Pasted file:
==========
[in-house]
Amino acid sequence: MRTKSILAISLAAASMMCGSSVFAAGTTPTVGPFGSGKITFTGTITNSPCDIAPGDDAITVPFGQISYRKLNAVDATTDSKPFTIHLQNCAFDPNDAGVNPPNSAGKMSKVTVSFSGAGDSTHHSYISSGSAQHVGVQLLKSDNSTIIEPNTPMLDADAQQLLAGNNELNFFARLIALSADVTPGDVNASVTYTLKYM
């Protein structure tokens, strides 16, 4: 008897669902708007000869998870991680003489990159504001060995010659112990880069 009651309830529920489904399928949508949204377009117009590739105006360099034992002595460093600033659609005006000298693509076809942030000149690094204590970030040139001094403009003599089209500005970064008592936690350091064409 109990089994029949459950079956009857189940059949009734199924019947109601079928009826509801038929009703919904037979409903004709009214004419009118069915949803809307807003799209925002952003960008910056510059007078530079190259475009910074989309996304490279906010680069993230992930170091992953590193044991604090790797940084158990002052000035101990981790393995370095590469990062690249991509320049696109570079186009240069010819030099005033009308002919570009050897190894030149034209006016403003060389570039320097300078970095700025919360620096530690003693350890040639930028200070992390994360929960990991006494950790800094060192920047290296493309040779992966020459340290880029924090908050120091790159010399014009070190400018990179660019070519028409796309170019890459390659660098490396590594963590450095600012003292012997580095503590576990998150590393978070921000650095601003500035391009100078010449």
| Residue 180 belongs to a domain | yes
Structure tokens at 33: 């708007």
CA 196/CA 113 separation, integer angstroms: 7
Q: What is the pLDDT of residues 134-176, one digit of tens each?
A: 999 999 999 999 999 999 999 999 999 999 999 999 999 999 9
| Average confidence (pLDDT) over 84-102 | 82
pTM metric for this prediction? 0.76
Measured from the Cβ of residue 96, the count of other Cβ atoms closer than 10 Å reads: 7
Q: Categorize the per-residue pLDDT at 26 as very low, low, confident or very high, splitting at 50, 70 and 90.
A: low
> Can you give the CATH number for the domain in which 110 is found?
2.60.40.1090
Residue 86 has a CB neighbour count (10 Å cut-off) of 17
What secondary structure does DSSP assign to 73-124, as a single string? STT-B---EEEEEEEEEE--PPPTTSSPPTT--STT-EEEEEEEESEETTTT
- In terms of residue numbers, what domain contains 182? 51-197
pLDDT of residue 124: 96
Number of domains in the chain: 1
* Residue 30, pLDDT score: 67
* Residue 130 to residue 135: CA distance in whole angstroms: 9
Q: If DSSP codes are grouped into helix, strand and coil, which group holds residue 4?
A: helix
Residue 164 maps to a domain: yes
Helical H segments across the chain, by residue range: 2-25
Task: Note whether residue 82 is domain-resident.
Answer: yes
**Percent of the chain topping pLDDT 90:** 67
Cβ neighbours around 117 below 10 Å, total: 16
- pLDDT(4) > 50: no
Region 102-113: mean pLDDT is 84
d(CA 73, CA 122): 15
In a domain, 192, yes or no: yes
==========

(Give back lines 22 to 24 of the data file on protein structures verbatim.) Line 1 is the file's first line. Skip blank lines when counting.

* Residue 130 to residue 135: CA distance in whole angstroms: 9
Q: If DSSP codes are grouped into helix, strand and coil, which group holds residue 4?
A: helix